Russian Ruble (RUB)

Russian Ruble - Overview

The currency of Russia is ruble (also The monetary unit of the Russian Federation is the Russian ruble (rouble). The ruble was also a national currency in the USSR and the Russian Empire. The code in the standard ISO 4217 - RUB, digital - 643. One ruble consists of 100 kopecks.

The ruble is the oldest national currency in the world after the British pound. The monetary units of other countries have repeatedly changed their names. In Russia, the ruble has been used since the 13th century.

Russian Ruble - Origin and the Current State

There are a lot of versions of the origin of the word “ruble”. According to most of them, it was derived from the Russian verb “rubit” (to cut/chop). In early Russian history it was a piece chopped off a silver bar called grivna. Later, the term became the official name of the Russian currency.

Today, you can find the following banknotes in circulation: 10 Rubles (almost out of circulation and rare), 50 Rubles, 100 Rubles, 500 Rubles, 1000 Rubles, 5000 Rubles. Also there are coins: 10 kopecks, 50 kopecks, 1 Ruble, 5 Rubles, 10 Rubles. In autumn of 2017, new banknotes of 200 and 2000 rubles will be put into circulation.

Russian Ruble - Banknotes

10 Rubles

Russian 10 Rubles banknote front view Russian 10 Rubles banknote back view

50 Rubles

Russian 50 Rubles banknote front view Russian 50 Rubles banknote back view

100 Rubles

Russian 100 Rubles banknote front view Russian 100 Rubles banknote back view

500 Rubles

Russian 500 Rubles banknote front view Russian 500 Rubles banknote back view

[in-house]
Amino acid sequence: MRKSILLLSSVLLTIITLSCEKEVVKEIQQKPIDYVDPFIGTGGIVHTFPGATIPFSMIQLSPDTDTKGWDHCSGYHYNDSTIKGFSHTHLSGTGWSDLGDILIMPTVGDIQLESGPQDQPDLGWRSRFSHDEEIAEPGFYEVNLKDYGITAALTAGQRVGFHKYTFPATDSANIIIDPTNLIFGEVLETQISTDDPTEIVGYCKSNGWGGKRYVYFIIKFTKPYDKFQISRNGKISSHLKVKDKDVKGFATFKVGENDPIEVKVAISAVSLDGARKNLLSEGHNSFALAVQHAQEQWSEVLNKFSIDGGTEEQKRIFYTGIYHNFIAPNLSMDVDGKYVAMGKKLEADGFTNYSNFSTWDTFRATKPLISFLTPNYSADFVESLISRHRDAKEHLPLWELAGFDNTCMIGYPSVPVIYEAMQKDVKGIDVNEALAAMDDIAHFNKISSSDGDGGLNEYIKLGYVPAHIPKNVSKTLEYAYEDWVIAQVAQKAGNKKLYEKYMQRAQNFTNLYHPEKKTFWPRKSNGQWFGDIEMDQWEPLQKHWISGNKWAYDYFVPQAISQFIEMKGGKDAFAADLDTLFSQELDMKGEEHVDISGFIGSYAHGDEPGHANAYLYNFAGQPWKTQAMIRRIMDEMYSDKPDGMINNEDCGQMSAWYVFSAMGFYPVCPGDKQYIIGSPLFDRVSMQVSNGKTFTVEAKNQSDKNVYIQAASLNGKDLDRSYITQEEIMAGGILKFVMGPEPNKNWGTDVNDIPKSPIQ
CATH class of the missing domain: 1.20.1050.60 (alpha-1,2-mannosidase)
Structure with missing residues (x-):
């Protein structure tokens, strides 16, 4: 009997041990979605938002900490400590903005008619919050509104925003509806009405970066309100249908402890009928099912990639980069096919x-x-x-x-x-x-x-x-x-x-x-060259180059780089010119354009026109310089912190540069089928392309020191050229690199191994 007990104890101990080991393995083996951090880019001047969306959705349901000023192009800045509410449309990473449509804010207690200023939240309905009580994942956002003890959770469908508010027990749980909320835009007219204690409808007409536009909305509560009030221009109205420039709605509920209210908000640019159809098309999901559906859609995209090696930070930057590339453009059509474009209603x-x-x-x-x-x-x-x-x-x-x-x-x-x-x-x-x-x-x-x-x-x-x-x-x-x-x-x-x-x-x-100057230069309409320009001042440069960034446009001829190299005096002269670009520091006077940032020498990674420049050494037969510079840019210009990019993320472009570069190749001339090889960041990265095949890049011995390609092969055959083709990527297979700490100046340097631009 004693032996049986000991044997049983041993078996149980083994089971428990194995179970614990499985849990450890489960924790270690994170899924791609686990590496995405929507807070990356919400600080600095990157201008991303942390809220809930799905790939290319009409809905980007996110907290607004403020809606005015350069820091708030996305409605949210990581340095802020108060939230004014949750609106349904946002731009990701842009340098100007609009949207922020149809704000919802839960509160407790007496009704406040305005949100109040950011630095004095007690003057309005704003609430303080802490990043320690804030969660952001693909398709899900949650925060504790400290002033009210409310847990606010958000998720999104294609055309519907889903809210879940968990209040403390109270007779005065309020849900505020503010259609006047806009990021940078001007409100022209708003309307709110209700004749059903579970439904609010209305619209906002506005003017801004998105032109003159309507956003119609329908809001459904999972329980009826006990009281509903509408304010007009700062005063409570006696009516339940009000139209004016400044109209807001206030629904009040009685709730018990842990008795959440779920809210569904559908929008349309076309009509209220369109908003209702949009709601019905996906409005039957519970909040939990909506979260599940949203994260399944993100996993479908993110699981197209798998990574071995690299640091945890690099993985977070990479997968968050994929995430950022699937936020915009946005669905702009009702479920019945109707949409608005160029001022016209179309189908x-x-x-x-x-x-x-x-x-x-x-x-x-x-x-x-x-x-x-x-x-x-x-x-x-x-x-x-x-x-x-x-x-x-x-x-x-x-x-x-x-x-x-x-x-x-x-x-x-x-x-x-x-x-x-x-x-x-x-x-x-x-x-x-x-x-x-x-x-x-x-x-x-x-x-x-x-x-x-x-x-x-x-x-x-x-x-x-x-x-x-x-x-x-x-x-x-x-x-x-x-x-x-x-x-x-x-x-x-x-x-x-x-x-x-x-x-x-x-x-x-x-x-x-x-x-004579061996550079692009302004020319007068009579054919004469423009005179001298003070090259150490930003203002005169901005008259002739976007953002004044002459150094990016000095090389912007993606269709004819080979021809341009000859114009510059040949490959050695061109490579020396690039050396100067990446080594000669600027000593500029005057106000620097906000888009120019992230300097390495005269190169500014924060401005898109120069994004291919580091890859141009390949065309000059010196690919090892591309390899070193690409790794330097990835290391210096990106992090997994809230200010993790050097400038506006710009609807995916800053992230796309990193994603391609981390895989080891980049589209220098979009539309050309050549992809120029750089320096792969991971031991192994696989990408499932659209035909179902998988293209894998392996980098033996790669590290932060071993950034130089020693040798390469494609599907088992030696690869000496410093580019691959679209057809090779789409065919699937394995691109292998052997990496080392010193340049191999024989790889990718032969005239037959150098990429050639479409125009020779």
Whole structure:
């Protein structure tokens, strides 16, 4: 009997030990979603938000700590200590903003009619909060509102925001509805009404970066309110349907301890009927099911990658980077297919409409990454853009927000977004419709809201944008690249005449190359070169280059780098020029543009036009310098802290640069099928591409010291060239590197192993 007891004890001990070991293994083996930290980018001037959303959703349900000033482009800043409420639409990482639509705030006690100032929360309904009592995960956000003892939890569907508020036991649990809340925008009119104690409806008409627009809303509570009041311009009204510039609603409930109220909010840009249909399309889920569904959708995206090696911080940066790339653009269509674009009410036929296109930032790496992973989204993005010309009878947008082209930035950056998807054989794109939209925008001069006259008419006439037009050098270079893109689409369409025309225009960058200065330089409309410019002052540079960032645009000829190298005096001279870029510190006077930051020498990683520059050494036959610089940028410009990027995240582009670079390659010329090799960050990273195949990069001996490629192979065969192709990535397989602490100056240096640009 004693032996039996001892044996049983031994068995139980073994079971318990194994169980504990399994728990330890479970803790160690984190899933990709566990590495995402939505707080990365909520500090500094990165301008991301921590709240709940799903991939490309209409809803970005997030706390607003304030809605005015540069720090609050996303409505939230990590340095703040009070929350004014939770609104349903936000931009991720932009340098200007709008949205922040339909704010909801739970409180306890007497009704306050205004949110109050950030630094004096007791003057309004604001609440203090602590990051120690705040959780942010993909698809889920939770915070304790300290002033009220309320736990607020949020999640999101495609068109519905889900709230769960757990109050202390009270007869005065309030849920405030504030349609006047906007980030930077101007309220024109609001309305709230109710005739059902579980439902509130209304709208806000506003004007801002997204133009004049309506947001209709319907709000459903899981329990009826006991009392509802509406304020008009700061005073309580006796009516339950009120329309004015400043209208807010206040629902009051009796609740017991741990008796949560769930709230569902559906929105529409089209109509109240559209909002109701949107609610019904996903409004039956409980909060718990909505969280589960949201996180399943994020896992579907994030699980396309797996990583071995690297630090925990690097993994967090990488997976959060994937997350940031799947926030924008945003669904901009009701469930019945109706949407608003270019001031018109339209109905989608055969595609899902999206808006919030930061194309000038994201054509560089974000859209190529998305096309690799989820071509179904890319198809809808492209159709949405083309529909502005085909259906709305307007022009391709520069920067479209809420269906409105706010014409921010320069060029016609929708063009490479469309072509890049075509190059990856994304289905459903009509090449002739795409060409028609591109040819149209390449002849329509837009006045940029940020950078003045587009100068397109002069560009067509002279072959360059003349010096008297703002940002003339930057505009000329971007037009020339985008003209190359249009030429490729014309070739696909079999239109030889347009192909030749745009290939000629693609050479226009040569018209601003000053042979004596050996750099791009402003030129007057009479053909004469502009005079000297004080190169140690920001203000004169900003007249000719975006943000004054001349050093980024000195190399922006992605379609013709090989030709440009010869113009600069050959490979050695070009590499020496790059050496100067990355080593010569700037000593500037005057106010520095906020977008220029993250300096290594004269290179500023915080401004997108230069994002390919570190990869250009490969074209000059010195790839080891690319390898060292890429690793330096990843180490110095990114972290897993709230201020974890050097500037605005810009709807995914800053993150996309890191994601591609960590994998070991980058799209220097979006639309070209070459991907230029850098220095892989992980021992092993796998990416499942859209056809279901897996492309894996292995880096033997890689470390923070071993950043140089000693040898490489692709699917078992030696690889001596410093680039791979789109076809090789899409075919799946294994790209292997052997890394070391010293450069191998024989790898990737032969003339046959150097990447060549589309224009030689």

1000 Rubles

Russian 1000 Rubles banknote front view Russian 1000 Rubles banknote back view

5000 Rubles

Russian 5000 Rubles banknote front view

The comments of our visitors

Vincent Isambert
500.000 Rubles banknote
The 500.000 Rubles Banknote is actually an interesting and rather scarce collectible (especially if in good condition ). I believe it is worth quite more than 17 USD. I am personally ready to pay between 30 and 90 USD for one, still depending on condition (30 for average, 90 for uncirculated or about uncirculated). If anyone has one, please send me an e-mail! Sincerely Vincent Isambert vincent.isambert (at) gmail.com

The questions of our visitors

Julia asks: Is the old 10000 ruble from 1993 still accepted or worth anything?
Expert's answer:
This banknote has long been out of circulation. Its collection value is on average between 20-30 USD. So you can just keep it as a nice souvenir.
Anna asks: I have a 100 rubble banknote from 1997, but the serial number is quite interesting-1752000. As we know, 1752 was the year when Russia is assumed to have adopted the Gregorian calendar as one of the last countries. Also, in the British Empire, it was the only year with 355 days, as 3-13 September were skipped when the Empire adopted the Gregorian calendar. Would this banknote would be worth anything for the ones who collects them?
Expert's answer:
This is an interesting story and probably can be used to sell this banknote at a higher price. In general, it doesn't have a high collectible value (except the first and experimental versions - 50-100 USD). You can read this article about all the versions of it and the rarest ones (auto-translated from Russian by Google Translate).
Igor asks: Hey, I have 1 and 5 ruble bank notes from 1947 and 25 10 5 3 and 1 from 1961. Just curious could they be of any worth?
Expert's answer:
In general, none of these bills cost much. Depending on their condition, the price may vary significantly. 1 Ruble 1947 - 5-15 USD, 5 Rubles 1947 - 20-100 USD (the most valuable one), 1 Ruble 1961 - 0.5-1 USD, 3 Rubles 1961 - 1-2 USD, 5 Rubles 1961 - 3-4 USD, 10 Rubles 1961 - 3-4 USD, 25 Rubles 1961 - 2-3 USD. So you can just keep them as nice Soviet souvenirs.

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